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The Glory of South African Golf

A tradition of winners is the key, writes Dermot Gilleece

Posted Feb 19, 2013 by Dermot Gilleece

bobby locke

While Darren Fichart was capturing the Africa Open by two strokes at East London GC on Sunday,  Charl Schwartzel was challenging for the Northern Trust Open at Riviera CC, on the other side of the world.  In view of the recent dominance by South African players, the surprise was that Schwartzel was eventually forced to settle for a share of third place behind John Merrick, only one stroke out of a play-off.

Going back to December 6th, half of the eight events  played so far on the 2013 European Tour schedule, have been won by South Africans.  Schwartzel captured the Alfred Dunhill Championship at Leonard Creek on December 13th;  Louis Oosthuizen won the limited-field Volvo Golf Champions event at Durban CC on January 20th;  Richard Sterne won the Joburg Open on February 10th and Fichart has now emphasised their dominance, a week later.

When we look at Sweden and its remarkable upsurge in golf in only 30 years, it becomes decidedly modest when compared with the huge impact achieved by South Africa in the aftermath of World War II.   As it happens, a Swede has yet to win a Major title whereas South Africans had no fewer than five Open Championships to their credit within the 11 years from 1949 to 1959, inclusive.  These, of course, were achieved by Bobby Locke (4) and what proved to be the breakthrough success at Muirfield by Gary Player, who went on to capture a total of nine Major titles.

Born in 1917 in Germiston outside Johannesburg, Locke set the standard for his countrymen to follow.  For a period of 21 years up to 1956, he was unbeaten over 72 holes on South African soil. He, himself, had followed the lead of Syd Brews who displayed remarkable longevity by winning the South African Open in four different decades.  Ironically, Brews, who was English born, once told Locke that he hadn't enough game to be a pro.  And it is said that years later, Locke came home from America and almost drove his brand new Cadillac through the window of Brews’s shop.

In 1946-’47 season, local financier, Norbert Erleigh, sponsored a 16-match series in South Africa between Lock and Sam Snead, then at the peak of his powers.  Locke won 12, Snead two and the remaining two matches were halved.  The experience of watching his opponent hole an unbelievable number of putts on difficult greens, had such an effect on the American as to damage his putting for the remainder of his career.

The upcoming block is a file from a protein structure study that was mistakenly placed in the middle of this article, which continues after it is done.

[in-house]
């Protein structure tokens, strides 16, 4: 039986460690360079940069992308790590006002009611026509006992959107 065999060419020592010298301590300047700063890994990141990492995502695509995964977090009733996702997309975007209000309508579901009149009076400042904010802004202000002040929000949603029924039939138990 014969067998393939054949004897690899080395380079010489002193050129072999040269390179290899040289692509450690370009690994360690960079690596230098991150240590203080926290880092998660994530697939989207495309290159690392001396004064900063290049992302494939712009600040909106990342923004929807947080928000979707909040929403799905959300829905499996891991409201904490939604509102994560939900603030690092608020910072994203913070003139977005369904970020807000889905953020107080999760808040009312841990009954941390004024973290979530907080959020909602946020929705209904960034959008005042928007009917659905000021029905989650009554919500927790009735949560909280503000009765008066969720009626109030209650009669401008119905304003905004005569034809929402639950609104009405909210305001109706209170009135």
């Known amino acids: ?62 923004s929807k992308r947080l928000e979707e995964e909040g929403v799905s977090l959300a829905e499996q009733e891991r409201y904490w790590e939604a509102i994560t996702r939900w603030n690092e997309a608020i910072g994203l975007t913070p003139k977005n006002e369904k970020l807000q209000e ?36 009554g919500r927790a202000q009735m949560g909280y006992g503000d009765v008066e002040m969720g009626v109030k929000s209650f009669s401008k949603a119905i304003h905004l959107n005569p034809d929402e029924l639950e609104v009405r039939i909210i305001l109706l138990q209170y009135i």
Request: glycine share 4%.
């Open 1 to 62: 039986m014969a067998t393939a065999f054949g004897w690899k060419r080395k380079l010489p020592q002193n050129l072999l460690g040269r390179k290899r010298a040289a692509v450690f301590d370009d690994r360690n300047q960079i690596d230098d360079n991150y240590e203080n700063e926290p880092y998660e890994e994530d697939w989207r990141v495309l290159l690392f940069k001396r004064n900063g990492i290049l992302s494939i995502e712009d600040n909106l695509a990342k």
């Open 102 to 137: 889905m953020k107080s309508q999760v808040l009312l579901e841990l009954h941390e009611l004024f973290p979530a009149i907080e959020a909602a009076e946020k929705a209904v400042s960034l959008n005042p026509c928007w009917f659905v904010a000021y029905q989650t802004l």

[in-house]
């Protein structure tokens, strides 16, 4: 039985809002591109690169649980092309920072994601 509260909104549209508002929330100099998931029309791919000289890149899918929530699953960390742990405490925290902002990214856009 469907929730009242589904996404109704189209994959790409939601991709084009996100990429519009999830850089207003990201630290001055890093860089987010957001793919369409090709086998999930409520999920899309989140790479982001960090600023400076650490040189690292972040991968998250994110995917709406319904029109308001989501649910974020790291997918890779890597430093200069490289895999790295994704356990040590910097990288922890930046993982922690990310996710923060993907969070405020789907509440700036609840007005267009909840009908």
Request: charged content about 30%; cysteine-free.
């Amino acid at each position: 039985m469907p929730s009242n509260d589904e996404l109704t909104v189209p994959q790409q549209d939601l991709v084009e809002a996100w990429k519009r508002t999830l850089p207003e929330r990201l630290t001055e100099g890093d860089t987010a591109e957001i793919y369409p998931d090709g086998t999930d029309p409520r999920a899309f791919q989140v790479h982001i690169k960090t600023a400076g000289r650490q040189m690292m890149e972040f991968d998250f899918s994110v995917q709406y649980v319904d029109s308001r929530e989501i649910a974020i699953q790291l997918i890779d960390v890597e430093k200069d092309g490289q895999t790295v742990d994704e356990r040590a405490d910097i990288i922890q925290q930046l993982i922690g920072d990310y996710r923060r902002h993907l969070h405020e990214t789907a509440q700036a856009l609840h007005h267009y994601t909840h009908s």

Reflecting on the experience several decades later, Snead said: "I could beat him down from tee to green 15 times out of 18 and still lose. He was the greatest putter I have ever seen in my life. He'd hit a 20-footer and before the ball got half-way, he'd be tipping his hat to the crowd. He wore out his hats tipping them."

Buoyed up by his success against such a quality opponent, Locke decided to try his luck on the US circuit, starting in the 1947 Masters at Augusta National.  Without a practice round, he carded  74,74,71,70 for a share of 14th place behind the winner, Jimmy Demaret.  This earned the South African a reward of $188 but before the end of that season, he had received appearance money of $5,000 to play in the Tam o’Shanter tournament where victory brought him an additional $7,000.

Though Demaret led the US money list that season with $27,936, Locke was remarkably only $3,600 behind him, setting a stroke-average of 69.8 for just 52 rounds on American soil. He had won seven tournaments, was twice second and third once and behind him in the money list were such iconic names as Snead, Ben Hogan and Byron Nelson.

Locke was back for more of the same in 1948, setting a Tour record with a 16-stroke win in the Chicago Victory National Championship.  And on returning there in 1949 after he had beaten Harry Bradshaw in a play-off at Royal St George’s to capture his first Open Championship, the Americans had had enough.  Deciding that as a temporary, summer visitor he was in breach of their rules, the US Tour banned him for life.

The ban, which was slammed by Gene Sarazen as the “most disgraceful action by any golf organisation in the last 30 years”, was later rescinded in 1950.  Embittered by the experience, however, Locke turned his back on the US and trod more welcoming fairways on this side of the pond, with comparable success.

Some Swedish experts have attributed their lack of Major success to the absence of a golfing tradition.  By his exploits more than half a century ago, Bobby Locke ensured that the current crop of South African players would have no such complaint.

- Dermot Gilleece

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